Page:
There is absolutely no doubt he can stay and with me being of the opinion he’s a stone below what he was pre-injury, and his lethal finishing kick gone, could he be targeted here with Min running in the Champion Hurdle, should Douvan make the Champion Chase? It’s mad, I know, but non-runner no bets concessions give you a great safety net.
The Final Verdict
A competitive renewal of the Stayers’ Hurdle with bookmakers going 4/1 the field. Of the leading trio of Sam Spinner, Supasundae and Yanworth, slight preference would be for Supasundae ahead of Sam Spinner and then Yanworth.
Supasundae brings the best form into this year’s race, but that came over 2m, and there is a small doubt about him getting outstayed late in the Stayers’. He’ll need the weather to be kind, as the better the ground, the better his chance. This is also true of Yanworth.
Softer going brings Sam Spinner into it even further, and should Cheltenham produce taxing conditions, it significantly enhances his chance. Why? Well, it will bring his guaranteed staying prowess into play, blunt the others’ class and relieve the slight worry I have about his ability to handle “quick” ground. He does have a knee action and it’s just something to bear in mind.
That trio, depending on conditions, will hardly contract much further in the betting, should the main protagonists make it to Prestbury Park healthy.
The New One has looked as well as ever this season and is overpriced, but the last ten-year-old horse plus to win the Stayers’ was back in 1986. I could see him running well, very well, but he’s just not the type of horse I want to risk when stamina is an issue.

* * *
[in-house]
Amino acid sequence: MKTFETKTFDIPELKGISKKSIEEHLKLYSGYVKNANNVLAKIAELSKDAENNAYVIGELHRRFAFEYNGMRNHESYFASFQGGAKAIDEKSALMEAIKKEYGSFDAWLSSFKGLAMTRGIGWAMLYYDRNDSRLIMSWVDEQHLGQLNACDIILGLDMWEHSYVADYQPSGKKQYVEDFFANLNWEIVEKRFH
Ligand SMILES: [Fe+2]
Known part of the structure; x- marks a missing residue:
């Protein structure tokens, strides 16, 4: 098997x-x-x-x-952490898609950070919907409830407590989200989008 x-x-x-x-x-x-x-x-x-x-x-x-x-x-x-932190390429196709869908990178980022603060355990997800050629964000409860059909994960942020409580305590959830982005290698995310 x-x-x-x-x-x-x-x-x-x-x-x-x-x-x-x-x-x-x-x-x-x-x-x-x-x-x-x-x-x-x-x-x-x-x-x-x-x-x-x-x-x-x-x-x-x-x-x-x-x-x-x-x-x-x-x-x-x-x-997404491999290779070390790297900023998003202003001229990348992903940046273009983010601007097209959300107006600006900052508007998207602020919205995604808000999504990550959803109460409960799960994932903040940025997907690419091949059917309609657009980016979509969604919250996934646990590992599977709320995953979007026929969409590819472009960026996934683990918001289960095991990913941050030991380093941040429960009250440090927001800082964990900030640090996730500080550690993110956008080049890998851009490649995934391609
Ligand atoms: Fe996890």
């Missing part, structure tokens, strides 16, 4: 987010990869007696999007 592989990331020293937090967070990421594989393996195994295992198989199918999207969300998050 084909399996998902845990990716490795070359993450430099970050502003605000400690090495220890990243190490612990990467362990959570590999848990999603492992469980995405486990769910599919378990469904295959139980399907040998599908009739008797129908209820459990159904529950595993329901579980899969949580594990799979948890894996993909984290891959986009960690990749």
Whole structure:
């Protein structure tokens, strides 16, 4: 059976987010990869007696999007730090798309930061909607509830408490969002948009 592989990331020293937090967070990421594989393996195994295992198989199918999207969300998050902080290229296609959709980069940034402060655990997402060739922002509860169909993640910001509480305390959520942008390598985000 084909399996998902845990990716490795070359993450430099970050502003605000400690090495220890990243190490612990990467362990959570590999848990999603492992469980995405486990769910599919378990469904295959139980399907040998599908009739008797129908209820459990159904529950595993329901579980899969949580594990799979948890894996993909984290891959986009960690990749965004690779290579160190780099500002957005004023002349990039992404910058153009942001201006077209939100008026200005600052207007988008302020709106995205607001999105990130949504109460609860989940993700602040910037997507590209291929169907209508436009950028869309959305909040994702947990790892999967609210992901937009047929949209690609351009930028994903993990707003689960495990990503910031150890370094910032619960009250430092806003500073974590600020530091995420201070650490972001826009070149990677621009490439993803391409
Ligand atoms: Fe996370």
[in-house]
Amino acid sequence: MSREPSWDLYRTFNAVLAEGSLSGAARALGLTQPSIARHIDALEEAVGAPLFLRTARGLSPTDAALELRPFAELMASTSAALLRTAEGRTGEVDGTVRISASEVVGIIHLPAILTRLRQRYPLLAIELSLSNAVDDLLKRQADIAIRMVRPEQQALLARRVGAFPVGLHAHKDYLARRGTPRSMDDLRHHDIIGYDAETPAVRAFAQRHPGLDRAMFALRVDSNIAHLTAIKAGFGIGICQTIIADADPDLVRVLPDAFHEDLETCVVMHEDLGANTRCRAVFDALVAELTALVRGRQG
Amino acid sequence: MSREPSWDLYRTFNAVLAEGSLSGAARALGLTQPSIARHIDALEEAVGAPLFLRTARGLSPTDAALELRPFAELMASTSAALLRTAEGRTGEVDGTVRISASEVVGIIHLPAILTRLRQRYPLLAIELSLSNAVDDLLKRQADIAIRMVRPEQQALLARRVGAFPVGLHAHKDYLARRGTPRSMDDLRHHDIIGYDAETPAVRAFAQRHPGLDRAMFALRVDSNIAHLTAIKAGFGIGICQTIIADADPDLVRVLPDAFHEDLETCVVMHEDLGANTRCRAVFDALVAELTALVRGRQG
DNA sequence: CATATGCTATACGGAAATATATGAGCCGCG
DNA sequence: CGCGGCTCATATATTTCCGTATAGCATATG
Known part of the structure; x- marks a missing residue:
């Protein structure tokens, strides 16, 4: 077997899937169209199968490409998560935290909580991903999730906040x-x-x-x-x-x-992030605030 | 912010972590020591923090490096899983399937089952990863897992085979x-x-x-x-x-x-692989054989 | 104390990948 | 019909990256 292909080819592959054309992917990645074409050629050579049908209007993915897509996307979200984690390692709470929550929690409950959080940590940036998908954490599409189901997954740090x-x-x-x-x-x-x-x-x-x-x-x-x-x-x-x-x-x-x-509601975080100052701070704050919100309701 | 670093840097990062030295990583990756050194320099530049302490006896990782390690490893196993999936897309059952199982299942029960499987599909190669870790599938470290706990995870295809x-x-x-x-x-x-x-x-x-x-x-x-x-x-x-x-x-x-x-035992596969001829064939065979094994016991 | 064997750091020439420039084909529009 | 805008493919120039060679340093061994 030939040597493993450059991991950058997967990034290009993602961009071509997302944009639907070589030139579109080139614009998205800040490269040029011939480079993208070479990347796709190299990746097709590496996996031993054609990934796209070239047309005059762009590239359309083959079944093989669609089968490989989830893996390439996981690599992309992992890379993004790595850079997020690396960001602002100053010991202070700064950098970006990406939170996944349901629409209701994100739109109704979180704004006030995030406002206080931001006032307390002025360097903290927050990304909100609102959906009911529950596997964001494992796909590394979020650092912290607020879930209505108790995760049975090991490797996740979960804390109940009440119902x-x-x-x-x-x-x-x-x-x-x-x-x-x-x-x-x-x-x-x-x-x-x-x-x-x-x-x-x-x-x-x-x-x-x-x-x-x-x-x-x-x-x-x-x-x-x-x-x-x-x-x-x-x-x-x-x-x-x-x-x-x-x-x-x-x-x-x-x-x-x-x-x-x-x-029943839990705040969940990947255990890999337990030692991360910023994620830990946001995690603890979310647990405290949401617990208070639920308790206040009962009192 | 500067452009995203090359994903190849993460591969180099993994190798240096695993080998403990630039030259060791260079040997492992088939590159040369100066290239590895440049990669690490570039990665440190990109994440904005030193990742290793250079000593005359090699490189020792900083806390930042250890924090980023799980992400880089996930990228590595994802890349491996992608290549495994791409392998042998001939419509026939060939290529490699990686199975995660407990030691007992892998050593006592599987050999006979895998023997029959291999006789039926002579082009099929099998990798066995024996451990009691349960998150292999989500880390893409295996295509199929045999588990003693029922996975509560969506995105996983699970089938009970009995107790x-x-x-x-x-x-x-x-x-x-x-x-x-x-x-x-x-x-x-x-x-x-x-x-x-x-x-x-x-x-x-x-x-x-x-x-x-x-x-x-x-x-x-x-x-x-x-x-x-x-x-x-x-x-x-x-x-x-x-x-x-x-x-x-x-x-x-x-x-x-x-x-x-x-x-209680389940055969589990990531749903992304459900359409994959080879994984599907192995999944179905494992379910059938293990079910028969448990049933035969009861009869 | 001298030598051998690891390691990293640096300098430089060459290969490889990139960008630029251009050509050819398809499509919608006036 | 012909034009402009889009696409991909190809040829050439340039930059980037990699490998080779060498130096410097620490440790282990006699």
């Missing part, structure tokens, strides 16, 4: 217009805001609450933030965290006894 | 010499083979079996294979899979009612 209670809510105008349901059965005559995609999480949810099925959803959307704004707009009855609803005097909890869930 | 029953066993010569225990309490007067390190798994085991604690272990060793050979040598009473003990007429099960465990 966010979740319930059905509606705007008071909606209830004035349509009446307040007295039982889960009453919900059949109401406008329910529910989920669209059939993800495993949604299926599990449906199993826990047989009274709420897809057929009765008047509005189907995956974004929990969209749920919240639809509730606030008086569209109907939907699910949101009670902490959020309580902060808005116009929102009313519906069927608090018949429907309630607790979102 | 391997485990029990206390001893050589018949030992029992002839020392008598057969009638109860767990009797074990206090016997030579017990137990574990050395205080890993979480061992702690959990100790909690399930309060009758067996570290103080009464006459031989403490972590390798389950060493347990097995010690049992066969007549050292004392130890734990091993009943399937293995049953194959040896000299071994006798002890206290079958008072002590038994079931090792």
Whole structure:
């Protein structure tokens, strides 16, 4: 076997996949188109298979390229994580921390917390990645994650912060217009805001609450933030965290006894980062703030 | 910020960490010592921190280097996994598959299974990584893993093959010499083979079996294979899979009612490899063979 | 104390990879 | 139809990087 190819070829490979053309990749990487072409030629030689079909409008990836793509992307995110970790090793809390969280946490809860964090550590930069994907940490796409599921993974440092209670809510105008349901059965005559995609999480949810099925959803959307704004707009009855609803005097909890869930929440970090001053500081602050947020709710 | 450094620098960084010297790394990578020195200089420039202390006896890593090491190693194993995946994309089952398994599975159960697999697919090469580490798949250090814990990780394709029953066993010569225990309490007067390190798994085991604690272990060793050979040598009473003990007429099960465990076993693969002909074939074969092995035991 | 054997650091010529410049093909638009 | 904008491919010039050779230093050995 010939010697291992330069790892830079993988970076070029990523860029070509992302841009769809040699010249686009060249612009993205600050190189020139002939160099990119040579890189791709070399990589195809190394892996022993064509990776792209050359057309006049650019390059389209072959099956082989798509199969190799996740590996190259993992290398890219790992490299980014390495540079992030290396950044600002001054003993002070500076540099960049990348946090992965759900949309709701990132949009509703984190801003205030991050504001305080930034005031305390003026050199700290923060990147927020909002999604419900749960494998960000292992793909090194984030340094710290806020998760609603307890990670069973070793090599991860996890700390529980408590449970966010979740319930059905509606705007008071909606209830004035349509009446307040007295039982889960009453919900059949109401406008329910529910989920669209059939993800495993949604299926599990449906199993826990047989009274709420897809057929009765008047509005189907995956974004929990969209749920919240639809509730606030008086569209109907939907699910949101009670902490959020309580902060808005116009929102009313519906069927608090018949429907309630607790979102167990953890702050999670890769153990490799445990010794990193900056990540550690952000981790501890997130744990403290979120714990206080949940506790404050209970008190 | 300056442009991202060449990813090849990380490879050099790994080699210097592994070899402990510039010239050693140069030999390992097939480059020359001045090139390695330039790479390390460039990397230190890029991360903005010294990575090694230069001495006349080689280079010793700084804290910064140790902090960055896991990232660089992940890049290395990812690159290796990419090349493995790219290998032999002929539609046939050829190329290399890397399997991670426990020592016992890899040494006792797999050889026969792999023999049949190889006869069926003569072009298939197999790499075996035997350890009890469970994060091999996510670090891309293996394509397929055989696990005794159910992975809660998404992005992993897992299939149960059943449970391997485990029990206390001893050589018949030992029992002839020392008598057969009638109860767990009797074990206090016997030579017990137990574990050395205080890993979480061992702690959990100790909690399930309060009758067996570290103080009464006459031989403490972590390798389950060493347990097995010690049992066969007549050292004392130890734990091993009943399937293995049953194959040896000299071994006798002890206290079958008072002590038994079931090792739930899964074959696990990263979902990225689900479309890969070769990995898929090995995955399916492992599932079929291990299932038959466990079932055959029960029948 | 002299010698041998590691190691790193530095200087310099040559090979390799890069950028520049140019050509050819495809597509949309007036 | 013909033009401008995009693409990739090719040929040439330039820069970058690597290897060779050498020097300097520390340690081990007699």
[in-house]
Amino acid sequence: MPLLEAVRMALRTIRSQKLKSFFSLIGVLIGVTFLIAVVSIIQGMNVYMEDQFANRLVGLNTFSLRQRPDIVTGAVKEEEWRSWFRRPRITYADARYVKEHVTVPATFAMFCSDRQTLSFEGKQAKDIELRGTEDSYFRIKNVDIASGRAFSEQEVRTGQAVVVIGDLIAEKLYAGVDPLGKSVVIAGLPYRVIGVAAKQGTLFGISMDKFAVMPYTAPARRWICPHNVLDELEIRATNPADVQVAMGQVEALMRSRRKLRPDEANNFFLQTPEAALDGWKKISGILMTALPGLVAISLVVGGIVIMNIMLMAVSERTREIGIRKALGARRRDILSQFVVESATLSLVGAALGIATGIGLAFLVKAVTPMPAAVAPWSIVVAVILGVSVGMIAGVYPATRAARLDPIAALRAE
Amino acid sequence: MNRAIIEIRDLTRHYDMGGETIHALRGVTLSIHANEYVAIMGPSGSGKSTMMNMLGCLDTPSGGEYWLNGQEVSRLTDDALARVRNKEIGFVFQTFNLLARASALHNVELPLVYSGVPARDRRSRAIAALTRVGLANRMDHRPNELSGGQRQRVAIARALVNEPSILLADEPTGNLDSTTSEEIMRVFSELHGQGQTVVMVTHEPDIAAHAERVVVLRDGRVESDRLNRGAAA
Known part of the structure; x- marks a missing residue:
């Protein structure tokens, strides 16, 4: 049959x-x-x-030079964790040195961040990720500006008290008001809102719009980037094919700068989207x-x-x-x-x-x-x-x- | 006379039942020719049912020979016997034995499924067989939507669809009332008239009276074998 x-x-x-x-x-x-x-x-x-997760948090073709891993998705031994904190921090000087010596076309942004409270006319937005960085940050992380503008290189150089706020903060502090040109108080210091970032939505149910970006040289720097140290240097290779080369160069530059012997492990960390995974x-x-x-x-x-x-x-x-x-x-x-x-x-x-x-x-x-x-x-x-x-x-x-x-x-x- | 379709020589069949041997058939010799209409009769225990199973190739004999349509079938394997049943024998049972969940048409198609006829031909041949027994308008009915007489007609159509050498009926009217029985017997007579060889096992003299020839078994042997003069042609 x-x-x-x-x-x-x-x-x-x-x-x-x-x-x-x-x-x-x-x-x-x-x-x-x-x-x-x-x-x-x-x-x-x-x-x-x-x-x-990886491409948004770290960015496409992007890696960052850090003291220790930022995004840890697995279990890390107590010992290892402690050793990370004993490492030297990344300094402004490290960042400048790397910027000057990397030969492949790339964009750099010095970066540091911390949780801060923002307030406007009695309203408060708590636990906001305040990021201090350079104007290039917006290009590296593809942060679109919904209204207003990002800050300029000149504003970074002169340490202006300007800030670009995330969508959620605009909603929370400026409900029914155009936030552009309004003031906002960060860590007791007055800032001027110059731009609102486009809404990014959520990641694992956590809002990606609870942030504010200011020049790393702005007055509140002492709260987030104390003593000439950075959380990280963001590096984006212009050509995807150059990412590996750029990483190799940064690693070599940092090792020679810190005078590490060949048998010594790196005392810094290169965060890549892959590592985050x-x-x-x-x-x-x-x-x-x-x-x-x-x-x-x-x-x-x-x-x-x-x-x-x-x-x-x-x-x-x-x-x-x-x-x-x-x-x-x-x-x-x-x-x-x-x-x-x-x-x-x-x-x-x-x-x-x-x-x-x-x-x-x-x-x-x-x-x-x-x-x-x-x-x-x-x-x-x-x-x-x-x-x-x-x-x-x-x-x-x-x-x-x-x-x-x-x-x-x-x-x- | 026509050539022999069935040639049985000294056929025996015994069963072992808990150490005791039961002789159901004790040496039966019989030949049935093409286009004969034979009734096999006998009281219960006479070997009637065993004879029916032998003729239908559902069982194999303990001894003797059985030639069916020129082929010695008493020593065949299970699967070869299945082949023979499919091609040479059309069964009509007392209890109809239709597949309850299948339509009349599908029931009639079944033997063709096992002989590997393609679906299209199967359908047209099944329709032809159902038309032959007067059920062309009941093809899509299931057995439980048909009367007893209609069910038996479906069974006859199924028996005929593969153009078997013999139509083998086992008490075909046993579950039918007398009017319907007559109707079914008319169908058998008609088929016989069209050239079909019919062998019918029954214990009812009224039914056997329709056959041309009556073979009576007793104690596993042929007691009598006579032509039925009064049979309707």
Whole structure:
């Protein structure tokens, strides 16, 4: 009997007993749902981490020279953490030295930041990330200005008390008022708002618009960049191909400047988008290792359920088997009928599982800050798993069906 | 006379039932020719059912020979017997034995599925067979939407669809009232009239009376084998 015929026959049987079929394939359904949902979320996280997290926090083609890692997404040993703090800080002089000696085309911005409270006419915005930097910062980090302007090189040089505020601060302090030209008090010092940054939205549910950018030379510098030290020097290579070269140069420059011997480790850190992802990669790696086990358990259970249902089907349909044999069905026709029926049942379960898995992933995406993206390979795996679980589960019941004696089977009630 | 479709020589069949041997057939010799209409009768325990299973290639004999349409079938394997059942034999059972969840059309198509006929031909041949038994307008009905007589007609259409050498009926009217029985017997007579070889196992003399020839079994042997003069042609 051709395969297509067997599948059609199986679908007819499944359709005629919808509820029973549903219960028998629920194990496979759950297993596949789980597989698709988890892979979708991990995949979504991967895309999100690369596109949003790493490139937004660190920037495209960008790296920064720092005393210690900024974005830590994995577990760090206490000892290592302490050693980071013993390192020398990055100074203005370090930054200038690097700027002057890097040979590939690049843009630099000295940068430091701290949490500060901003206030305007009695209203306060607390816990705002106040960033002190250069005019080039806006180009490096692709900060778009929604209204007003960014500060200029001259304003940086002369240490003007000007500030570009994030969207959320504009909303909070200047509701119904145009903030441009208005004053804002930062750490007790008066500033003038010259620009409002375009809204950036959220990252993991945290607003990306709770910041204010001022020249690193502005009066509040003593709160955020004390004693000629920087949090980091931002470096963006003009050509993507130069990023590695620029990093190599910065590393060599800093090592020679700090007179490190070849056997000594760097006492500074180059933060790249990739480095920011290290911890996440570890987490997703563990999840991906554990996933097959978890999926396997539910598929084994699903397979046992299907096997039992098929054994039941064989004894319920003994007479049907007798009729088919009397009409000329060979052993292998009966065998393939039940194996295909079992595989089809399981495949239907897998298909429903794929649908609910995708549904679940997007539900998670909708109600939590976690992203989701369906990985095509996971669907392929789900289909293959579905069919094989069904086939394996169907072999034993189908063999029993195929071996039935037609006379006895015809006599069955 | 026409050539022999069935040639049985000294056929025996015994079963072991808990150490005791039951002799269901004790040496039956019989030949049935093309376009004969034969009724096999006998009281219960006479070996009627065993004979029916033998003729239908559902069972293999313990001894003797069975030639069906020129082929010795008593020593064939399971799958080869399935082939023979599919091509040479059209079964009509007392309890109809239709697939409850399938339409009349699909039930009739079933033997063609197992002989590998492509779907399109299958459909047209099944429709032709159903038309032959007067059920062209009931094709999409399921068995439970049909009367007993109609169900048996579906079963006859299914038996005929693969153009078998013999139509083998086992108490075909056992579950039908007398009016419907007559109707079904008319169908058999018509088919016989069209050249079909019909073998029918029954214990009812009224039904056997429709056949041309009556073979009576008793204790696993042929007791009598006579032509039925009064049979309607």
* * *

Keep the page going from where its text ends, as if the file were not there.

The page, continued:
I try and stay away from horses without proven stamina when I can – I like to get a run for my money with my money – and for that reason, I’ll step away.
To further insult The New One, the ante-post value to my eye appears to be WHOLESTONE, a horse who will stay better this season at the Festival, granted nicer ground than he encountered in the Cleeve Hurdle. I just can’t get out of my head how well he travels into contention when on song.
His finishing effort sometimes lacks, but maybe he’s just a horse that still needs to strengthen up? If the case, I think he’ll outrun his price of 16/1.
Finally, with the non-runner no bet concession there, FAUGHEEN should also be backed. Yes, he’s a ten-year-old like The New One, but he’s no ordinary ten-year-old and he’s not trained by an ordinary man.
If he runs, he won’t be 12/1. If he doesn’t, we get our money back.
1.5pts each-way Wholestone @16/1 (Betfair Sportsbook – Non- Runner No Bet)
1pt win Faugheen @12/1 (bet365 Non- Runner No Bet), 10/1 Betfred (Non- Runner No Bet)